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SECOND OPINION CASES: Recurrent Urinary Tract Infection and the Role of Stone Removal

By: Ben H. Chew MD, FRCSC, University of British Columbia, Vancouver, Canada; Kymora Scotland, MD, PhD, University of California, Los Angeles; Manoj Monga, MD, University of California, San Diego | Posted on: 06 Apr 2023

Infection stones including struvite (ammonium magnesium phosphate), apatite (calcium phosphate subtype), and the rare newberyite are often, but not always, associated with struvite stones. These stones are known to cause recurrent urinary tract infections (recUTIs) and were generally thought to form staghorn stones. Traditional thinking was that infection stones would only cause pyelonephritis and only if they were large staghorn calculi. Complete removal of these infection stones is advocated to prevent further recurrence of both stones and urinary tract infections (UTIs); thus, percutaneous nephrolithotomy (PCNL) has typically been the advocated treatment for their management. Only recently have we understood that other types of stones may also cause infections.1

Managing the patient with recUTIs in the setting of non-obstructing renal calculi has been a continuing challenge for urologists. Historically, lower urinary tract cystitis (recUTI) was not thought to be associated with small upper tract stones. However, smaller, non-staghorn, non-infection stones have lately been associated with recUTIs. The role of removing these stones in the treatment of recUTIs has been examined in recent years.

Early work investigating the impact of kidney stone extraction on recUTIs was performed by Omar et al in 2015. In a retrospective study of 120 patients with recUTIs who underwent extracorporeal shock-wave lithotripsy (SWL), ureteroscopy (URS), or PCNL, 48% were infection-free 1 year postoperatively.2 Agarwal et al subsequently examined 46 patients who underwent URS with or without PCNL in patients with recUTIs and found that stone removal led to elimination of recUTIs in 89.1% of the patients.3 In this retrospective study, patients with residual fragments were found more likely to have a recurrence of infections.3 Oliver et al prospectively studied 103 patients with recUTIs undergoing URS and found that 88% were infection-free at 3 months and 71% were at 12 months.4 They similarly found that patients with residual stone burden were more likely to have recurrence of their infections. In a systematic review, Ripa et al found that in 3 of the 4 studies evaluated, the majority of patients were infection-free after complete stone clearance.5 They concluded that the current data support performing stone extraction to reduce recUTIs regardless of the composition of stones.

These data will likely affect ongoing practice, such that urologists may consider the importance of treatment for non-obstructing stones in patients with recUTIs, as well as the need to ensure that patients are stone-free postoperatively. However, many questions persist with respect to the general treatment of patients with kidney stones and recUTIs. How should we manage these patients long term? In all studies published to date, there remain some patients who continue to experience infection after stone removal. What treatment plan should be pursued in the management of this subpopulation of patients? How do we address those patients whose infections persist? Should there be a more multidisciplinary approach to such patients involving infectious disease doctors? What, in fact, should the role of our infectious disease colleagues be in patients with nephrolithiasis and recUTIs? What is the role of small punctate stones, and do they play any role in the development of UTIs? The role of next-generation sequencing in diagnosing UTIs is the next frontier and may help us in treating our patients.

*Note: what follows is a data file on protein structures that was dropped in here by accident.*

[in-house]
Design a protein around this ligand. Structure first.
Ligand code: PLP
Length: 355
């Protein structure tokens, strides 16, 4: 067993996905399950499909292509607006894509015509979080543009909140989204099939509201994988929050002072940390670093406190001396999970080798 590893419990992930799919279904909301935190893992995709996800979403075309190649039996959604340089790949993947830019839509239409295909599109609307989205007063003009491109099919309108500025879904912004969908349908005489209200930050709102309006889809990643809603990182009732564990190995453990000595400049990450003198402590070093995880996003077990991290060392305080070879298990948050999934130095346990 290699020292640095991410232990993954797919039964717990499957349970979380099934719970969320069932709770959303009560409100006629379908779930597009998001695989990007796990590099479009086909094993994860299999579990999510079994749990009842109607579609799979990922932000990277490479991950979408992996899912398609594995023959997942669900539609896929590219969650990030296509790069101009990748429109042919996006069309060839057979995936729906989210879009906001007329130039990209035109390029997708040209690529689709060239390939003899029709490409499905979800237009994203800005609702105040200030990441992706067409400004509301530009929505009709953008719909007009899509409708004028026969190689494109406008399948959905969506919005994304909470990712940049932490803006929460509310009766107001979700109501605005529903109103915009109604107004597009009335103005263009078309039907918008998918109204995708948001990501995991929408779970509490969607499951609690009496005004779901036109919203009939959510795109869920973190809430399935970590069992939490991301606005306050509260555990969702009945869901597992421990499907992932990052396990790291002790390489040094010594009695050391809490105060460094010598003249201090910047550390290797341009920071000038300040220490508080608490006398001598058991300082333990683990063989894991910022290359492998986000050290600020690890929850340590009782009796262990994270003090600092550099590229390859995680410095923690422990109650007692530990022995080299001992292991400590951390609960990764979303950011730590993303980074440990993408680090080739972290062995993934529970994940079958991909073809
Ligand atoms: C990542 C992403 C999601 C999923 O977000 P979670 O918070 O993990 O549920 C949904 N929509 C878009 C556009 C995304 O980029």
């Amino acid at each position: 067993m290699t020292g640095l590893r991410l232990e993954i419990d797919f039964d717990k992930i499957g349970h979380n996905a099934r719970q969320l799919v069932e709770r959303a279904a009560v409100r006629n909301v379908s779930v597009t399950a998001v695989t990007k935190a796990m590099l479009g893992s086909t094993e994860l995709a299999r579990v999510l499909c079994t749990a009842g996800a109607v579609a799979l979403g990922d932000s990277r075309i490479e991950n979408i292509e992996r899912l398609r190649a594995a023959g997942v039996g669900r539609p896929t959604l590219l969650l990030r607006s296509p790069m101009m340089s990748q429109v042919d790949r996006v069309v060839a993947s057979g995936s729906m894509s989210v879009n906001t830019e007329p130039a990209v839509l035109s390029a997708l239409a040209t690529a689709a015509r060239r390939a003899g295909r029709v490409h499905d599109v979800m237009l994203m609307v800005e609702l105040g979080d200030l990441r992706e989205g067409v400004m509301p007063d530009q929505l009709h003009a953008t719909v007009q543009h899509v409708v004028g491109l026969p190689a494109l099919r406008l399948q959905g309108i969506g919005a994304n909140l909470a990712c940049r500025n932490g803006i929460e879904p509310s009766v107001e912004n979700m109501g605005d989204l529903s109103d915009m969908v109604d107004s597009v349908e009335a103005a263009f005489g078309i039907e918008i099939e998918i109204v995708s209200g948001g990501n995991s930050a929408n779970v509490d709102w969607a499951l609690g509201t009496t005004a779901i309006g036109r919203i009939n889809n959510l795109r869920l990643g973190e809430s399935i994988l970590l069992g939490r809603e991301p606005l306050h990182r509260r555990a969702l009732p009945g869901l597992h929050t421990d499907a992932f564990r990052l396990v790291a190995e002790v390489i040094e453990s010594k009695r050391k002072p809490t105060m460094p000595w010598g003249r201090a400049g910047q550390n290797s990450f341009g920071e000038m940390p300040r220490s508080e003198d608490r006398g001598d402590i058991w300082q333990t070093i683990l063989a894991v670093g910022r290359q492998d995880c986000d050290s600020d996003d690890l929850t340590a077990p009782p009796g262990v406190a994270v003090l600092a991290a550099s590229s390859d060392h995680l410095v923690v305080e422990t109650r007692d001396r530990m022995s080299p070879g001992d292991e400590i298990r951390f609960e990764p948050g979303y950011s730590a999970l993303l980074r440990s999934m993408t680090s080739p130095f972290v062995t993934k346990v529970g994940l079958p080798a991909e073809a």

We will further explore the management of these patients in our upcoming AUA 2023 presentation of Second Opinion Cases: Recurrent UTI and the Role of Stone Removal.

  1. Barr-Beare E, Saxena V, Hilt EE, et al. The interaction between Enterobacteriaceae and calcium oxalate deposits. PLoS One. 2015;10(10):e0139575.
  2. Omar M, Abdulwahab-Ahmed A, Chaparala H, Monga M. Does stone removal help patients with recurrent urinary tract infections? J Urol. 2015;194(4):997-1001.
  3. Agarwal DK, Krambeck AE, Sharma V, et al. Treatment of non-obstructive, non-struvite urolithiasis is effective in treatment of recurrent urinary tract infections. World J Urol. 2020;38(8):2029-2033.
  4. Oliver R, Ghosh A, Geraghty R, Moore S, Somani BK. Successful ureteroscopy for kidney stone disease leads to resolution of urinary tract infections: prospective outcomes with a 12-month follow-up. Cent European J Urol. 2017;70(4):418-423.
  5. Ripa F, Pietropaolo A, Montanari E, Hameed BMZ, Gauhar V, Somani BK. Association of kidney stones and recurrent UTIs: the chicken and egg situation. A systematic review of literature. Curr Urol Rep. 2022;23(9):1651-74.